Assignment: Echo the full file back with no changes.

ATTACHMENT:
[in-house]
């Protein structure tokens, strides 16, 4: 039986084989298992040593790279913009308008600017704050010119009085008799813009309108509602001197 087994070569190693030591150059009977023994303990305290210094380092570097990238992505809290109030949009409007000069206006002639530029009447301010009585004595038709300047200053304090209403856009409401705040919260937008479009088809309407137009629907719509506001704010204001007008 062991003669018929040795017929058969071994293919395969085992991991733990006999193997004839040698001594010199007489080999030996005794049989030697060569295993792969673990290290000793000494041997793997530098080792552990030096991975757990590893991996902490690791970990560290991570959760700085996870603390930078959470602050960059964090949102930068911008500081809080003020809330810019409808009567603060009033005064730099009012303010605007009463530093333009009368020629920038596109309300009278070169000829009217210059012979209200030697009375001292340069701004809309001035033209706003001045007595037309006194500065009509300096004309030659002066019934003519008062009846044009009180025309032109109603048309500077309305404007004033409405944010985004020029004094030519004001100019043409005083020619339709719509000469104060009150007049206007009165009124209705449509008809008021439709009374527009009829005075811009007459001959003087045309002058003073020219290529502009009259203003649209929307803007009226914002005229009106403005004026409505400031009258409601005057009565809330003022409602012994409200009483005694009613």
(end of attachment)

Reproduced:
[in-house]
């Protein structure tokens, strides 16, 4: 039986084989298992040593790279913009308008600017704050010119009085008799813009309108509602001197 087994070569190693030591150059009977023994303990305290210094380092570097990238992505809290109030949009409007000069206006002639530029009447301010009585004595038709300047200053304090209403856009409401705040919260937008479009088809309407137009629907719509506001704010204001007008 062991003669018929040795017929058969071994293919395969085992991991733990006999193997004839040698001594010199007489080999030996005794049989030697060569295993792969673990290290000793000494041997793997530098080792552990030096991975757990590893991996902490690791970990560290991570959760700085996870603390930078959470602050960059964090949102930068911008500081809080003020809330810019409808009567603060009033005064730099009012303010605007009463530093333009009368020629920038596109309300009278070169000829009217210059012979209200030697009375001292340069701004809309001035033209706003001045007595037309006194500065009509300096004309030659002066019934003519008062009846044009009180025309032109109603048309500077309305404007004033409405944010985004020029004094030519004001100019043409005083020619339709719509000469104060009150007049206007009165009124209705449509008809008021439709009374527009009829005075811009007459001959003087045309002058003073020219290529502009009259203003649209929307803007009226914002005229009106403005004026409505400031009258409601005057009565809330003022409602012994409200009483005694009613």